The Senate Finance Committee, bowing to opposition from the Reagan administration, tentatively dropped several proposals that would raise the tax bills of upper-income individuals and corporations.
The items have been taken "off the table," at least for now, from a package of measures the panel is considering to raise about $9 billion in taxes to comply with the deficit-reduction accord between President Reagan and congressional leaders.
One of the dropped proposals would have frozen the estate tax at its present top rate of 55 percent, instead of allowing the rate to drop to 50 percent next year as scheduled. Another would have extended the Medicare portion of the payroll tax to all salary income, including income above the threshold -- currently $43,800, rising to $45,000 Jan. 1 -- that is currently exempt from the 1.45 percent Medicare tax.
Treasury Secretary James A. Baker III set off a debate during the committee's closed-door session yesterday by telling members that President Reagan so strongly wants a cut in the top estate-tax rate -- which would benefit about 2,000 wealthy individuals -- that he may oppose the entire revenue package if it contains the proposal to keep the rate at 55 percent.
Sens. George J. Mitchell (D-Maine), John H. Chafee (R-R.I.) and Bill Bradley (D-N.J.) took Baker on, committee sources said. Mitchell reportedly argued that the panel shouldn't cut taxes for the wealthy at the same time as it is cutting Medicare benefits.
But Baker "forcefully presented the president's position," Sen. Max Baucus (D-Mont.) said. As a result, although some panel members may continue to push the estate-tax rate freeze, the proposal will probably die, committee sources said, because lawmakers are eager to produce a deficit-reduction package that can gain White House approval and bipartisan support on Capitol Hill.
The same fate will probably befall the proposal to impose the Medicare payroll tax on all salary income. That proposal has drawn howls of protest from conservatives, who contend that it would effectively raise the top tax rate on individuals, undercutting Reagan's drive to bring tax rates down.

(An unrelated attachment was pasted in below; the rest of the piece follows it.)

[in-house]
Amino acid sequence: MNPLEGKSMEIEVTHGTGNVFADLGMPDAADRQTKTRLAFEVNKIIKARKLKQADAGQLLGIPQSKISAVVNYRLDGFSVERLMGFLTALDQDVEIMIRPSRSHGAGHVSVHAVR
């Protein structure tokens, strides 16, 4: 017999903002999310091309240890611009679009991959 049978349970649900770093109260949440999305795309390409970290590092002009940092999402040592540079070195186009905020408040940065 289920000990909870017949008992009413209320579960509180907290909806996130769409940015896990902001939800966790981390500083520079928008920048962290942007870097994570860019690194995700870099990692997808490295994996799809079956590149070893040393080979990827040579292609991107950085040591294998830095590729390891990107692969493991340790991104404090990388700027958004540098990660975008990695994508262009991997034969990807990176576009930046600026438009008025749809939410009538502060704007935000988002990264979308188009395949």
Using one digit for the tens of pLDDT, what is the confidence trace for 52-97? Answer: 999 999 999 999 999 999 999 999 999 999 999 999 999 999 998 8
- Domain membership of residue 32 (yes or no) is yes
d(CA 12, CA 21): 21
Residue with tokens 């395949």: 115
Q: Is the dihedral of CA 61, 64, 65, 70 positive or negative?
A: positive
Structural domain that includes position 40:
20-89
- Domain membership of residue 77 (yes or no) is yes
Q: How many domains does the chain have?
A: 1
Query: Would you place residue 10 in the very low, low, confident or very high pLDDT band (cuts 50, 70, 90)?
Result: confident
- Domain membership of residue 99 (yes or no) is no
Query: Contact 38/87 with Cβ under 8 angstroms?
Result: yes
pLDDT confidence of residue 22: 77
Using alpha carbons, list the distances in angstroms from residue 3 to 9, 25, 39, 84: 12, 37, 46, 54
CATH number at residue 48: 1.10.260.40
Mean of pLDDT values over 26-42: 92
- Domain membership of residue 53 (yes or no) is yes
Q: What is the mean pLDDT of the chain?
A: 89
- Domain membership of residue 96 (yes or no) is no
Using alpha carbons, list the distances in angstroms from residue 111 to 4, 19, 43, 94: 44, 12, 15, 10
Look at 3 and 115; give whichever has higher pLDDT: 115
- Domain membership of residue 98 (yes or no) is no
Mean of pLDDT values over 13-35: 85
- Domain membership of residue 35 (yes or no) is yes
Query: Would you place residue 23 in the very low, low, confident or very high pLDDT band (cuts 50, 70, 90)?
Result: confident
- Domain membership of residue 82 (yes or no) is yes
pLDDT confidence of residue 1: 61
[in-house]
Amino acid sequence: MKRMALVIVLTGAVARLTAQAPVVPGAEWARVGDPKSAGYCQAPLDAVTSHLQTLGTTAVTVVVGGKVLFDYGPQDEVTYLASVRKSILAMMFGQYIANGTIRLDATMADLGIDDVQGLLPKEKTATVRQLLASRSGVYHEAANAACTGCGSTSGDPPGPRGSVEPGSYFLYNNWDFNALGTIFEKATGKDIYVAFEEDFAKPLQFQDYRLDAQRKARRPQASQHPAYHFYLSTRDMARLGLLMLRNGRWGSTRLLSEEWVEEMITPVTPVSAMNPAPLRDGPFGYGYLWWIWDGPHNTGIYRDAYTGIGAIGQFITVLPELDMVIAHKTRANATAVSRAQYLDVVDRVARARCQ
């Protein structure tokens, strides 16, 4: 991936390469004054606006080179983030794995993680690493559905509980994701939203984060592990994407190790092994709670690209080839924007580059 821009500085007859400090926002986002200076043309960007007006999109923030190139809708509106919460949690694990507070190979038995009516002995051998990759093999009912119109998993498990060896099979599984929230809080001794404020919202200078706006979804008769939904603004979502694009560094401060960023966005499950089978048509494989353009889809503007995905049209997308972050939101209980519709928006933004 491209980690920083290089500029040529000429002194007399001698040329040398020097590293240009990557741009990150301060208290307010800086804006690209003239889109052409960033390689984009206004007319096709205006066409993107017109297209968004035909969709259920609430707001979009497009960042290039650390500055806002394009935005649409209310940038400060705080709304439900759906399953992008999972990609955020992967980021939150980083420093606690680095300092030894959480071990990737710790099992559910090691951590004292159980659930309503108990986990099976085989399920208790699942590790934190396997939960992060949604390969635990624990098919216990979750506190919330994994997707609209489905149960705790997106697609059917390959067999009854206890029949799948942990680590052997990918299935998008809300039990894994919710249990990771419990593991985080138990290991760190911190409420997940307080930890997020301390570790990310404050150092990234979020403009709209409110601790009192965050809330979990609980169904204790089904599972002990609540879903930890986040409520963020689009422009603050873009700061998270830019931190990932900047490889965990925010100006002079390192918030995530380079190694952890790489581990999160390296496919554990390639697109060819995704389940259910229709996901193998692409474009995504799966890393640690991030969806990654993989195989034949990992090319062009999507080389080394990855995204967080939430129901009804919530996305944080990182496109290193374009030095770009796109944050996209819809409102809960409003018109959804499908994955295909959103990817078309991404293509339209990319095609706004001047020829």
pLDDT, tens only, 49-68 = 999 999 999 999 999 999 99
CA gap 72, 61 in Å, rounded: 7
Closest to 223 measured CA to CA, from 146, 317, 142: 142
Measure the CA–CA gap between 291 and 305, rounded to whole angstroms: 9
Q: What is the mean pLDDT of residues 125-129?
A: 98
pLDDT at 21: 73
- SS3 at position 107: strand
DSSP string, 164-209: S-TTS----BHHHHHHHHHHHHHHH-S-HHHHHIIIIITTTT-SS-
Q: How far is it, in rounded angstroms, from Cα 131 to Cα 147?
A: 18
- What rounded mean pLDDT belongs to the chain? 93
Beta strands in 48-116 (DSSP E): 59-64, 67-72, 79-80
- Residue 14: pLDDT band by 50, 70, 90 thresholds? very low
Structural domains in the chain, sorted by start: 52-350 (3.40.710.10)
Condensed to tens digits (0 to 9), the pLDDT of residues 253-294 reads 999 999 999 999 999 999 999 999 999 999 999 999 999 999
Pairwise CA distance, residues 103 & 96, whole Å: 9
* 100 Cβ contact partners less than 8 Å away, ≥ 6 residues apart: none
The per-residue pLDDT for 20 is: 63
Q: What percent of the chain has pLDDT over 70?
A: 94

Both the estate-tax and Medicare-tax provisions had been included in a bill that the panel approved earlier this year. But they were conspicuous by their absence from a list of tax hikes the panel began considering yesterday.
Many of the items on the list were in the previous bill, which never passed the full Senate. Still on the list, for example, is a proposal to extend the 3 percent excise tax on telephone bills, now scheduled to expire Jan. 1.
Sen. Lloyd Bentsen (D-Tex.), the committee chairman, indicated that the items on the list will constitute the main source of the $9 billion in tax increases that the panel is aiming to approve for fiscal 1988. "I think quite a number of these things we'll be able to accept," he said.
Bentsen cautioned, however, that the list had been drawn up by the committee's staff, and that it "is not an all-inclusive list or a final list." The dropped provisions could conceivably end up in the panel's final bill, he said.
Also among the provisions that had been approved earlier by the committee but not on yesterday's list were several proposals to end corporate tax breaks. One of the biggest of these was a proposal to repeal the so-called completed contract method of accounting, which benefits large defense contractors and construction firms.
To replace the dropped items, the list included several proposals advanced by the administration that would collectively raise $500 million in fiscal 1988. Among these was a proposal to deny the child-care credit for the cost of sending a child to overnight camp.
The Finance Committee also made considerable progress yesterday toward adopting an estimated $2 billion in savings from Medicare, as envisioned in the deficit accord. The panel tentatively decided to scale back one proposal for the government to buy orthopedic shoes for diabetic Medicare patients who suffer from circulatory problems in their feet. Conservatives had derided claims that the proposal would save $24 million by helping to prevent the need for foot amputations. The committee approved a proposal to test the cost-effectiveness of the proposal on a small sample of Medicare patients.
President Reagan, meanwhile, threatened to veto another key component of the deficit-reduction agreement if it does not include a continuation of "essential nonlethal aid" to the Nicaraguan contras.
In a letter to House Republican Leader Robert H. Michel (R-Ill.), Reagan said that it is "imperative" that an omnibus spending bill scheduled for a House vote today include further aid to the contras. But Democratic leaders ruled out any inclusion of contra aid in the legislation, and Republicans decided not to push the issue.
Staff writers Tom Kenworthy and Dale Russakoff contributed to this report.